However, these feelings were gradually replaced by ones of fear and mistrust with growing public knowledge of the dangers of radiation exposure. Although it had long been known that scientists exposed to radioactive material suffered from severe side effects including burns, sterility and cancer, knowledge of the risks that x-rays posed to the general public took much longer to be recognised. Greater understandings of the effects of radiation after the Second World Ward led to the introduction of legislation stipulating that those who worked with radioactive material were required to wear protective shields and undergo periodic health checks. The fluoroscopes found in shoe shops came under fire from health departments and medical journals in response to public concerns that children were being regularly being exposed to harmful levels of radiation.

Testing of shoe-fitting fluoroscopes began in the late 1940s and the machines were found to be unsafe. They were discovered to emit dangerously high doses of radiation to anyone located in the near vicinity. Children who are about twice as radiosensitive as adults and salespeople who were chronically exposed were at the highest risk. Customers who tried on multiple pairs of shoes in one sitting or made several visits over the course of a year were exposed to cumulative doses. Anecdotal reports of salespeople suffering from radiation burns began to emerge as well as cases of bone damage in young children. Furthermore, shoe-fitting fluoroscopes were found to provide little benefit in ensuring a better fit as the soft fleshy part of people’s toes did not show up on the radiographic images of feet positioned inside new shoes.

Indeed, it appears that the fluoroscope functioned better as a sales promotion device than as a fitting aid. Children loved playing with the machines and they helped to reassure parents that they were not wasting their money. Fluoroscopes were widely promoted as the most scientific and accurate way of fitting shoes in an era when most people believed that having durable and high quality footwear was important to ensure good health. In reality, the machines were harmful and merely served to entice people into shops and confirm the judgement of salespeople.

By the mid 1950s, governments began to introduce legislation regulating the use of the devices. The passing of increasingly stringent regulations meant that by the early 1960s dangerous shoe-fitting fluoroscopes had been phased out altogether.

Image credit

National Museum of Nuclear Science and History. (n.d.) 1930s shoe fitting fluoroscope [Image]. Retrieved from


Duffin, J., & Hayter, C.R.R. (2000). Baring the sole: The rise and fall of the shoe-fitting fluoroscope. Isis, 91(2), 260-282.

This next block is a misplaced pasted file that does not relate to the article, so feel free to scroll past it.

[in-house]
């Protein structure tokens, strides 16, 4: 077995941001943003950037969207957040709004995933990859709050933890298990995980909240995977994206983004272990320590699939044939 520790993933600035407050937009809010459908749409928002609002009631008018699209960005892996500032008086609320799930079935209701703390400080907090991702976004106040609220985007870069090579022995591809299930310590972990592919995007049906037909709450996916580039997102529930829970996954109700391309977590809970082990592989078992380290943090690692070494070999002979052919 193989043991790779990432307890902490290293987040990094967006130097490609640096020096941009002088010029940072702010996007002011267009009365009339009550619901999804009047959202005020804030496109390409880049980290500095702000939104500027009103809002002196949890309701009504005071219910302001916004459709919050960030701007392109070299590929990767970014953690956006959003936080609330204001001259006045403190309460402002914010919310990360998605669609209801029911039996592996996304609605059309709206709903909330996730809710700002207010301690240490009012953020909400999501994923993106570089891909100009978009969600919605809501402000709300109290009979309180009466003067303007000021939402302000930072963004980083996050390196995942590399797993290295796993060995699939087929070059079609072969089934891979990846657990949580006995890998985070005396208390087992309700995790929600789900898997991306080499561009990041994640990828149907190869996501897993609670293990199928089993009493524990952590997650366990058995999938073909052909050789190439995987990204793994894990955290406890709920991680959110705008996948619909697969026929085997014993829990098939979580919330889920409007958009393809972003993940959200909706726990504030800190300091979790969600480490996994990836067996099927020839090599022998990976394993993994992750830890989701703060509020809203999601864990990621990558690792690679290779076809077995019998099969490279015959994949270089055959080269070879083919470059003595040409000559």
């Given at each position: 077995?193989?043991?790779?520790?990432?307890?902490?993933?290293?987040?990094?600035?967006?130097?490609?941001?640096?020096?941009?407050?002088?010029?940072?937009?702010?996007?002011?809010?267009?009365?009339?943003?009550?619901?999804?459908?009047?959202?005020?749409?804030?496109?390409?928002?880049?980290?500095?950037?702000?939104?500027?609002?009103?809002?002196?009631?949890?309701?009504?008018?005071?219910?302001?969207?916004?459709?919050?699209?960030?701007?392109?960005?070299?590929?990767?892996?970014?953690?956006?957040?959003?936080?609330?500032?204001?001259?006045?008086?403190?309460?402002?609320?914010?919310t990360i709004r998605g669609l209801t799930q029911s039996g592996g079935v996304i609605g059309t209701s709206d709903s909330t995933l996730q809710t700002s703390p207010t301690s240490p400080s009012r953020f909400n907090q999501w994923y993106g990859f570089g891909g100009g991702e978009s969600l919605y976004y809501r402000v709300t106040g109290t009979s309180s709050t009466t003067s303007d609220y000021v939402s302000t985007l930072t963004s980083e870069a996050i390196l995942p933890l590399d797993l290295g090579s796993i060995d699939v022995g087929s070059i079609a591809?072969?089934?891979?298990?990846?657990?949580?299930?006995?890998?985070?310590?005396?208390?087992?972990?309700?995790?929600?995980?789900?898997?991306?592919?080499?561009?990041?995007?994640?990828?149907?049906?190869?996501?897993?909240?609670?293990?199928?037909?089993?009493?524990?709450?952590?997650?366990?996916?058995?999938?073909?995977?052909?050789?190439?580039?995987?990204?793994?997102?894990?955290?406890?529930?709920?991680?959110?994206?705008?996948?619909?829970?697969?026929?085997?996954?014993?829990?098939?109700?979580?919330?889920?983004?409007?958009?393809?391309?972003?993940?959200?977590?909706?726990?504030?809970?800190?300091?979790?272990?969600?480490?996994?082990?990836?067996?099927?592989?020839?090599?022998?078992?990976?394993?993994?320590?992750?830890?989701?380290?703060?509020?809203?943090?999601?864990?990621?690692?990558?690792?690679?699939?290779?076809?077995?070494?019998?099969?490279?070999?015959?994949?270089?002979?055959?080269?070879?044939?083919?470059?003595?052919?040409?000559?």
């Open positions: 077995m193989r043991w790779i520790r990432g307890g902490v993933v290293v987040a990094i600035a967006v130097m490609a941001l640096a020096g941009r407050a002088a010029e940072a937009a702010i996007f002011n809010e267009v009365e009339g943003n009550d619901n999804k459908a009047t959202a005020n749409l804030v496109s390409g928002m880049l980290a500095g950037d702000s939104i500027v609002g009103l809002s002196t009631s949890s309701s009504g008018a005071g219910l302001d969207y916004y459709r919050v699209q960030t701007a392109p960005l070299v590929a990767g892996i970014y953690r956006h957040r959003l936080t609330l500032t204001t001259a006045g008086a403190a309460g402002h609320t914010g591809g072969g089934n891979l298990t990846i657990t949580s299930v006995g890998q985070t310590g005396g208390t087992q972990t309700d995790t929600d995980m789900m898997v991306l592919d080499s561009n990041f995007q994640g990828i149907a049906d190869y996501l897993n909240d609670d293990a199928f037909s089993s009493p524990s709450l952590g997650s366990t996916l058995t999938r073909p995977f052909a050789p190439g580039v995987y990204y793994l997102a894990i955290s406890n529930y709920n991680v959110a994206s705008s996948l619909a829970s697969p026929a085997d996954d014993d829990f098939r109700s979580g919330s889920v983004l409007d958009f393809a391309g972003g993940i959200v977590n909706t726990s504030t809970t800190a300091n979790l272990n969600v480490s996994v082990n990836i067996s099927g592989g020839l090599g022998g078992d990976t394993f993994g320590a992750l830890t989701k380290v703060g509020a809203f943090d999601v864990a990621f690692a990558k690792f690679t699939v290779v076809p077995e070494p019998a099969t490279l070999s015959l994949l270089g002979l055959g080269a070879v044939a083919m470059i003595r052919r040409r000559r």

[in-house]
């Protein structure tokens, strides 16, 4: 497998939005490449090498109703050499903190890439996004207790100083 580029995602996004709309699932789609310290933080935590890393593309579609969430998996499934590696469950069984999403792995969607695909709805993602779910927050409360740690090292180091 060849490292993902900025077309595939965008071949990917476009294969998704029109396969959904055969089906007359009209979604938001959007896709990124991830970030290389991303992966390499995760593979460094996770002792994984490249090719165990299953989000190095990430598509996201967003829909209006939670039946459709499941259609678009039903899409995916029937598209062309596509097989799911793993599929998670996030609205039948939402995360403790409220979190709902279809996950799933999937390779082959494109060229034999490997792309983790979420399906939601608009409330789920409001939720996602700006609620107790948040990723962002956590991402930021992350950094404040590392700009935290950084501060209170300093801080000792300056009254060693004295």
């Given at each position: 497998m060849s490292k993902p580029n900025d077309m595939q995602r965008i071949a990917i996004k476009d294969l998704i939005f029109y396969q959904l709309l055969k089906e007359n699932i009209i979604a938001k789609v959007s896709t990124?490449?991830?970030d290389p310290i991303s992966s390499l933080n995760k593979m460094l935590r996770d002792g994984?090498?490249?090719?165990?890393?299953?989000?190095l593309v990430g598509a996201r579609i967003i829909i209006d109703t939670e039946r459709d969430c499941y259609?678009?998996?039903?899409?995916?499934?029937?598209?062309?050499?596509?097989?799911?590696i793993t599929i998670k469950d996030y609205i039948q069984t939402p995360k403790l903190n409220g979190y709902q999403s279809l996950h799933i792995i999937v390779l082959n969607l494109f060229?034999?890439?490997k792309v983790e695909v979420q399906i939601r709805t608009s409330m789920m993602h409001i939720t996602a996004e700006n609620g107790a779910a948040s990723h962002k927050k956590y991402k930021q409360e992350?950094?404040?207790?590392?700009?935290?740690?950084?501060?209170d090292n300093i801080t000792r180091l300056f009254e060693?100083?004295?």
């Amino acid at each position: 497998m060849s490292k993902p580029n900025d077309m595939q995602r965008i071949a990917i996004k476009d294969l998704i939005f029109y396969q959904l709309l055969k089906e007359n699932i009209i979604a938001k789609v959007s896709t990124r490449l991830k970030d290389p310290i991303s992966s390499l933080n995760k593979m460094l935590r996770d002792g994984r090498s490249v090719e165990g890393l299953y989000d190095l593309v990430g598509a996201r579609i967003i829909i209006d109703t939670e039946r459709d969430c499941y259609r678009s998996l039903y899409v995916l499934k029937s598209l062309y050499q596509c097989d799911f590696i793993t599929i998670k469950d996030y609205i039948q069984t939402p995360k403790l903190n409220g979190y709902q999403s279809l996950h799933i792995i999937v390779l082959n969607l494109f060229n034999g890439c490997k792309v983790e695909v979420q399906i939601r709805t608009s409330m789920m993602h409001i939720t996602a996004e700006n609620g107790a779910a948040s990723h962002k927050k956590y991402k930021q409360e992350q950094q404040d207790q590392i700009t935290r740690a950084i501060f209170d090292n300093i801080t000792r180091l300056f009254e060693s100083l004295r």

Resurrection men and anatomists


The availability of human bodies is critical to the study of anatomy. Cadavers are usually made available for research purposes through programs where people bequeath their bodies to medical schools and universities when they die. This wasn’t always the case, as during the 18th and early 19th centuries bodies were illegally procured for dissection.

The rapid growth of the biological sciences during this period was matched with an increased demand for human cadavers for dissections in medical schools and anatomy demonstrations. Up until the early 19th century in the United Kingdom the only legal means of securing corpses for anatomical research by was claiming the bodies of those condemned to death and dissection by the courts. As only those who committed the most serious felonies were sentenced to this fate only a few bodies were made available to anatomists each year and there was a severe shortage of cadavers.

Spotting a lucrative market in the trade of human bodies, people took to stealing the bodies of the recently deceased from fresh graves and selling them to medical schools. They would dig up the head end of a recent burial under the cover of night, break open the coffin, tie a rope around the neck of the corpse and pull it out. They earned the nicknames “resurrectionists” or “resurrection men”. As stealing from cemeteries was not a crime that was punished harshly in courts and many medical schools were willing to pay handsome sums for bodies there was a significant incentive for criminals to engage in body snatching.

Many people feared dissection as it was believed that the soul of a person who had been dismembered was unable to enter Heaven in the afterlife. The prevalence of body snatching caused fear amongst the pubic and people went to extreme lengths to prevent the bodies of their loved ones from ending up on anatomists’ dissecting tables. Often times, the friends and relatives of someone who had died would watch over their grave day and night until the point that the body would have decayed and become useless for medical dissection. In other cases, people were buried in heavy iron coffins or cages called mortsafes that were built around graves to prevent their contents from being exhumed.

In Britain, a spate of murders committed to obtain fresh bodies to sell to medical schools led to the passing of the Anatomy Act of 1832. This Act permitted unclaimed bodies and those donated by relatives to be used in the study of anatomy. It also regulated anatomy instruction through a licensing system that monitored private medical schools. By regulating an increased supply of corpses for scientific research this legislation finally brought the practice of grave robbing to an end.

Image credit

Knight Browne, H. (1847). Resurrectionists [Image]. Retrieved from


Quigley, C. (2012). Dissection on display: cadavers, anatomists and public spectacle. Jefferson: McFarland & Co.